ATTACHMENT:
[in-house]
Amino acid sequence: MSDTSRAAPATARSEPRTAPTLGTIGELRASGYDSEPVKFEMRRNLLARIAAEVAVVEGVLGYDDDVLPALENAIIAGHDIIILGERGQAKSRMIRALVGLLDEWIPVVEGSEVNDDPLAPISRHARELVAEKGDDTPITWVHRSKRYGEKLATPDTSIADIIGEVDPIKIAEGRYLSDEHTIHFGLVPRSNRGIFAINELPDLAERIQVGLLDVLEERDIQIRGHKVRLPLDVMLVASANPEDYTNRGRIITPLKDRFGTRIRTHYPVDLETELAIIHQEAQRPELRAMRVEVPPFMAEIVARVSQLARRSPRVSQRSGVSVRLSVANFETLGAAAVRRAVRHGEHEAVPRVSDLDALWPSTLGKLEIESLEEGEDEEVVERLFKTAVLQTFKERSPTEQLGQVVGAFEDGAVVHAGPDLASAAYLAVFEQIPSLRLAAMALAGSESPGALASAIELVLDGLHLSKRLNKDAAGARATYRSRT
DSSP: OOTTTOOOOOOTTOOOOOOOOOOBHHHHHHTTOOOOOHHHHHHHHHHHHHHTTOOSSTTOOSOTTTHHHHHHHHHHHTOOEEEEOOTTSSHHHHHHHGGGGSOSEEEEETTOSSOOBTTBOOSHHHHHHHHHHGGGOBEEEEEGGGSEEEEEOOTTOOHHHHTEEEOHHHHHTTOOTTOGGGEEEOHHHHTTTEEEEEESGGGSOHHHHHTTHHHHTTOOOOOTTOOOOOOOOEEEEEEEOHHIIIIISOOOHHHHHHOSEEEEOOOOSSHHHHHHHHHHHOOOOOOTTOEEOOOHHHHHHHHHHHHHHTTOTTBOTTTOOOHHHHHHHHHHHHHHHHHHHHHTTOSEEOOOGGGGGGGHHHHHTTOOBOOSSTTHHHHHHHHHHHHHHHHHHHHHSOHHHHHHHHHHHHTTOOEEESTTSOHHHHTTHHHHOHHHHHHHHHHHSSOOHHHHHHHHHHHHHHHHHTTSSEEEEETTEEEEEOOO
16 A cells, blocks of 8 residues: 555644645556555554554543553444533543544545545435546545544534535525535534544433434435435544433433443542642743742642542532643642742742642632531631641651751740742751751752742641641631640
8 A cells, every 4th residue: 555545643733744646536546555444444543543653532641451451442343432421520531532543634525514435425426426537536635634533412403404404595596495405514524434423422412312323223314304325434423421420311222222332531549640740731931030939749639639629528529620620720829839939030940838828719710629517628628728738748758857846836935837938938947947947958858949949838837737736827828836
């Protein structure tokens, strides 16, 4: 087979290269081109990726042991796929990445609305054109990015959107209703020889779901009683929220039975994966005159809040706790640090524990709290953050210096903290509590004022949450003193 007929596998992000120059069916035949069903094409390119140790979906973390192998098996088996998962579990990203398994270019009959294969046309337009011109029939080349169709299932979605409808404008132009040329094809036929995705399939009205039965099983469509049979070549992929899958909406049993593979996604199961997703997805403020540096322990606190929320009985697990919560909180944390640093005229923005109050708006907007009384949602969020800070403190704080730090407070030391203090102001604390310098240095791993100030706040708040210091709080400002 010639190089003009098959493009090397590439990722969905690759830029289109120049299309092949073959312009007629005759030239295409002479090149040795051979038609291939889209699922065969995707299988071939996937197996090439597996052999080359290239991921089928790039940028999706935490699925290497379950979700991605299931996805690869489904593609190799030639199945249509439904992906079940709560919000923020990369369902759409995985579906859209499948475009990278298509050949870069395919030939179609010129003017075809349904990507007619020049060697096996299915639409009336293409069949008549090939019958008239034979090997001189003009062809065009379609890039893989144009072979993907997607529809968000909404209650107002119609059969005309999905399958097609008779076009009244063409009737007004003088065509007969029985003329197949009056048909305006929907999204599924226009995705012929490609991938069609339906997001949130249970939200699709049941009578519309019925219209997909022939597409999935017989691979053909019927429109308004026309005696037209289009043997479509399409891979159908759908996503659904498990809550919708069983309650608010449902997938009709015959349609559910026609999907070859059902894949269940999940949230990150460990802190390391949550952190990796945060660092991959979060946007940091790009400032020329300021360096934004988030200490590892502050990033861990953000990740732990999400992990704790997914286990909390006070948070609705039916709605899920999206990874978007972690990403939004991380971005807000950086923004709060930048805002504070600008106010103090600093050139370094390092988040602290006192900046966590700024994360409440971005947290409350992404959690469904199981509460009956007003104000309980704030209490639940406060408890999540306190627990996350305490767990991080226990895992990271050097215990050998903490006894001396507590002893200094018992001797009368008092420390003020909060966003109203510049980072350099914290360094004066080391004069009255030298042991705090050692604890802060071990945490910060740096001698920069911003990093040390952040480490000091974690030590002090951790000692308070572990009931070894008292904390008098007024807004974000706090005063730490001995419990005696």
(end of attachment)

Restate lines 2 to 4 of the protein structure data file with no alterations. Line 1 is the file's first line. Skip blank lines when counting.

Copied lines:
Amino acid sequence: MSDTSRAAPATARSEPRTAPTLGTIGELRASGYDSEPVKFEMRRNLLARIAAEVAVVEGVLGYDDDVLPALENAIIAGHDIIILGERGQAKSRMIRALVGLLDEWIPVVEGSEVNDDPLAPISRHARELVAEKGDDTPITWVHRSKRYGEKLATPDTSIADIIGEVDPIKIAEGRYLSDEHTIHFGLVPRSNRGIFAINELPDLAERIQVGLLDVLEERDIQIRGHKVRLPLDVMLVASANPEDYTNRGRIITPLKDRFGTRIRTHYPVDLETELAIIHQEAQRPELRAMRVEVPPFMAEIVARVSQLARRSPRVSQRSGVSVRLSVANFETLGAAAVRRAVRHGEHEAVPRVSDLDALWPSTLGKLEIESLEEGEDEEVVERLFKTAVLQTFKERSPTEQLGQVVGAFEDGAVVHAGPDLASAAYLAVFEQIPSLRLAAMALAGSESPGALASAIELVLDGLHLSKRLNKDAAGARATYRSRT
DSSP: OOTTTOOOOOOTTOOOOOOOOOOBHHHHHHTTOOOOOHHHHHHHHHHHHHHTTOOSSTTOOSOTTTHHHHHHHHHHHTOOEEEEOOTTSSHHHHHHHGGGGSOSEEEEETTOSSOOBTTBOOSHHHHHHHHHHGGGOBEEEEEGGGSEEEEEOOTTOOHHHHTEEEOHHHHHTTOOTTOGGGEEEOHHHHTTTEEEEEESGGGSOHHHHHTTHHHHTTOOOOOTTOOOOOOOOEEEEEEEOHHIIIIISOOOHHHHHHOSEEEEOOOOSSHHHHHHHHHHHOOOOOOTTOEEOOOHHHHHHHHHHHHHHTTOTTBOTTTOOOHHHHHHHHHHHHHHHHHHHHHTTOSEEOOOGGGGGGGHHHHHTTOOBOOSSTTHHHHHHHHHHHHHHHHHHHHHSOHHHHHHHHHHHHTTOOEEESTTSOHHHHTTHHHHOHHHHHHHHHHHSSOOHHHHHHHHHHHHHHHHHTTSSEEEEETTEEEEEOOO
16 A cells, blocks of 8 residues: 555644645556555554554543553444533543544545545435546545544534535525535534544433434435435544433433443542642743742642542532643642742742642632531631641651751740742751751752742641641631640